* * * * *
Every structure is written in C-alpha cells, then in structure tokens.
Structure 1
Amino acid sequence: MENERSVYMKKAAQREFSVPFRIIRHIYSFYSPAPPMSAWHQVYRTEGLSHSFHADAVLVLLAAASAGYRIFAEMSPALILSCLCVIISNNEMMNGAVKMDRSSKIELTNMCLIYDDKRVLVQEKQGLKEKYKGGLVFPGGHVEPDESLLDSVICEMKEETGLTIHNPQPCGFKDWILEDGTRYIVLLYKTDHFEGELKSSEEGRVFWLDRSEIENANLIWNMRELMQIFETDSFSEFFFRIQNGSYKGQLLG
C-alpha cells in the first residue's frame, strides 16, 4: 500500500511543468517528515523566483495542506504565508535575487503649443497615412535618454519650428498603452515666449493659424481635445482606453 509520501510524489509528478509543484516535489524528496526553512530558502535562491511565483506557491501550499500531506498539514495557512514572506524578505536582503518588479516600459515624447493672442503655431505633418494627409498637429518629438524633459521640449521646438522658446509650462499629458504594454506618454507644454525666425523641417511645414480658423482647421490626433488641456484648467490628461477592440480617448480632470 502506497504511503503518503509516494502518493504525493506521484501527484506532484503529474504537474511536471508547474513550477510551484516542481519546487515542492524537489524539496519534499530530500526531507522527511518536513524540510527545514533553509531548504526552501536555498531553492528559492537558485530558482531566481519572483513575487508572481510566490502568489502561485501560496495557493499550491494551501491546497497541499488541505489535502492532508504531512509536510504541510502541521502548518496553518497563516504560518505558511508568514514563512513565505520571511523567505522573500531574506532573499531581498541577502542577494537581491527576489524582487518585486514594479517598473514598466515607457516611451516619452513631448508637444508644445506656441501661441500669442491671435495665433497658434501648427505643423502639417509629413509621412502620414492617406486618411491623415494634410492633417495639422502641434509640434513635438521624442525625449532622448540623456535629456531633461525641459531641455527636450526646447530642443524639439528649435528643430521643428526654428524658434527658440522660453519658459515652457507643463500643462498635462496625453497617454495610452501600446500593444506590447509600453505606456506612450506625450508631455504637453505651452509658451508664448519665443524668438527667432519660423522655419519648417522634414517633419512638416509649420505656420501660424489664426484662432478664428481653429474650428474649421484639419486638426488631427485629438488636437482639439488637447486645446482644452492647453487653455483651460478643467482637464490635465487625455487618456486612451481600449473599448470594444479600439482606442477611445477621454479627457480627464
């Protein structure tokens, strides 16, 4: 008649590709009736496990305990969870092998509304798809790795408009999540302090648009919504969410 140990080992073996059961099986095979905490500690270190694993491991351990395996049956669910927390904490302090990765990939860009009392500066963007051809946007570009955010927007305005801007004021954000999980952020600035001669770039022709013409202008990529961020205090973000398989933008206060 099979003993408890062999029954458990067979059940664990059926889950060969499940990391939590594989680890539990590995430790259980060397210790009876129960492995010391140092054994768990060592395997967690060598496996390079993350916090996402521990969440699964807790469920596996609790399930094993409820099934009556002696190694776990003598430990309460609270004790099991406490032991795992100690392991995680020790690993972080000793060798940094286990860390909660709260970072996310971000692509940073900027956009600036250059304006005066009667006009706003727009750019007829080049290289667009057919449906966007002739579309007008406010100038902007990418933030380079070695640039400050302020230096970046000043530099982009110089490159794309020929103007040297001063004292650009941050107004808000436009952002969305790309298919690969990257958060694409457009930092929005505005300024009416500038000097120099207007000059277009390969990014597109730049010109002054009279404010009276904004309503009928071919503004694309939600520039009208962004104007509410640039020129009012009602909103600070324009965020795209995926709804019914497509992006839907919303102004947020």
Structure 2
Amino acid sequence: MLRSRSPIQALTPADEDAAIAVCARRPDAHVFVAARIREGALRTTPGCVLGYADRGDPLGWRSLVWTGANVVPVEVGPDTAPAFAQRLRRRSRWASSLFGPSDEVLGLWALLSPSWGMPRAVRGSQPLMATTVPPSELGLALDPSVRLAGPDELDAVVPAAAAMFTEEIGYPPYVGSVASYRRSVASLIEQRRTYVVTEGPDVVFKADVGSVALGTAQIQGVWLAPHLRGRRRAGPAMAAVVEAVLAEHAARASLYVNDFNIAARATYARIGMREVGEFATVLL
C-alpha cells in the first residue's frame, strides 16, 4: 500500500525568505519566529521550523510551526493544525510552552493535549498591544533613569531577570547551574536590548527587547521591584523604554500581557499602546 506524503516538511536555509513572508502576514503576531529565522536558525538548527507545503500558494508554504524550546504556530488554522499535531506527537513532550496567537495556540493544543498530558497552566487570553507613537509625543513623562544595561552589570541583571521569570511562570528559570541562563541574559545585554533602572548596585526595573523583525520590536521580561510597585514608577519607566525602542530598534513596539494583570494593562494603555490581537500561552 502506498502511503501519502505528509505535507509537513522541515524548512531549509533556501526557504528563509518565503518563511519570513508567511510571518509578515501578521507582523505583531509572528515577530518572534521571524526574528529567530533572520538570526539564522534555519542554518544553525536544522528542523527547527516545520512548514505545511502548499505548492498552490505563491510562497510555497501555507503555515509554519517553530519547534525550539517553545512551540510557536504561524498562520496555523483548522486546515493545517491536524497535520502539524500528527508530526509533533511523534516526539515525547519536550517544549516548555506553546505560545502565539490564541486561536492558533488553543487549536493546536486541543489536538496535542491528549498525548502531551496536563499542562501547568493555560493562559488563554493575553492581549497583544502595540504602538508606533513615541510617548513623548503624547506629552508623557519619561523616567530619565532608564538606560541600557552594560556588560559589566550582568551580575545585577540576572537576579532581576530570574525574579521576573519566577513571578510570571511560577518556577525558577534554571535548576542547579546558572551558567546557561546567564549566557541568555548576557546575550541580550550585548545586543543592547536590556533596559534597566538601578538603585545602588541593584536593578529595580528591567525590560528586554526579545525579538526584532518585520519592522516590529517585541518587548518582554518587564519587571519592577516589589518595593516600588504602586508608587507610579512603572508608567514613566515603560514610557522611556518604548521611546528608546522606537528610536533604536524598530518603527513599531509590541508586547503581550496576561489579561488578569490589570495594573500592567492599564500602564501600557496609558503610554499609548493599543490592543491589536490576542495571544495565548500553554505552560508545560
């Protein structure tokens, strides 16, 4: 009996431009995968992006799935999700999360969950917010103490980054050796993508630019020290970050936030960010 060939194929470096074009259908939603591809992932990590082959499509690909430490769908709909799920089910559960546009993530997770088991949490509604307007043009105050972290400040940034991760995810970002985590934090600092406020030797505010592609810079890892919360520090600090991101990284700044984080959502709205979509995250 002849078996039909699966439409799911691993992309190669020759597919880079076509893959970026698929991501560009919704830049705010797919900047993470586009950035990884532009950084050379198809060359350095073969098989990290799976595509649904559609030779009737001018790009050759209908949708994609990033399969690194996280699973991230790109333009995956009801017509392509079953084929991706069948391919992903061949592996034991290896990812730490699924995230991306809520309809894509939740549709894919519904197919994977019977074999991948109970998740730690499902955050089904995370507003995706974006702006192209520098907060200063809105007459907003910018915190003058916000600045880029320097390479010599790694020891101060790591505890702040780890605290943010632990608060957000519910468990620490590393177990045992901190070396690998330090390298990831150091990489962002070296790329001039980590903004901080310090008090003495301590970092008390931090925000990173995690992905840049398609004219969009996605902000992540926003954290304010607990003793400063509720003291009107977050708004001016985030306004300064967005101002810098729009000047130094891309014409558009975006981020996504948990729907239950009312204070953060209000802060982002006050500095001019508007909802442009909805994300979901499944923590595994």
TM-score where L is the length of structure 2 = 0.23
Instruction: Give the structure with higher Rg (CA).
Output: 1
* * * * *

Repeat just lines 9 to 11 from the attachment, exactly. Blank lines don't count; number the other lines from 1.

């Protein structure tokens, strides 16, 4: 009996431009995968992006799935999700999360969950917010103490980054050796993508630019020290970050936030960010 060939194929470096074009259908939603591809992932990590082959499509690909430490769908709909799920089910559960546009993530997770088991949490509604307007043009105050972290400040940034991760995810970002985590934090600092406020030797505010592609810079890892919360520090600090991101990284700044984080959502709205979509995250 002849078996039909699966439409799911691993992309190669020759597919880079076509893959970026698929991501560009919704830049705010797919900047993470586009950035990884532009950084050379198809060359350095073969098989990290799976595509649904559609030779009737001018790009050759209908949708994609990033399969690194996280699973991230790109333009995956009801017509392509079953084929991706069948391919992903061949592996034991290896990812730490699924995230991306809520309809894509939740549709894919519904197919994977019977074999991948109970998740730690499902955050089904995370507003995706974006702006192209520098907060200063809105007459907003910018915190003058916000600045880029320097390479010599790694020891101060790591505890702040780890605290943010632990608060957000519910468990620490590393177990045992901190070396690998330090390298990831150091990489962002070296790329001039980590903004901080310090008090003495301590970092008390931090925000990173995690992905840049398609004219969009996605902000992540926003954290304010607990003793400063509720003291009107977050708004001016985030306004300064967005101002810098729009000047130094891309014409558009975006981020996504948990729907239950009312204070953060209000802060982002006050500095001019508007909802442009909805994300979901499944923590595994």
TM-score where L is the length of structure 2 = 0.23
Instruction: Give the structure with higher Rg (CA).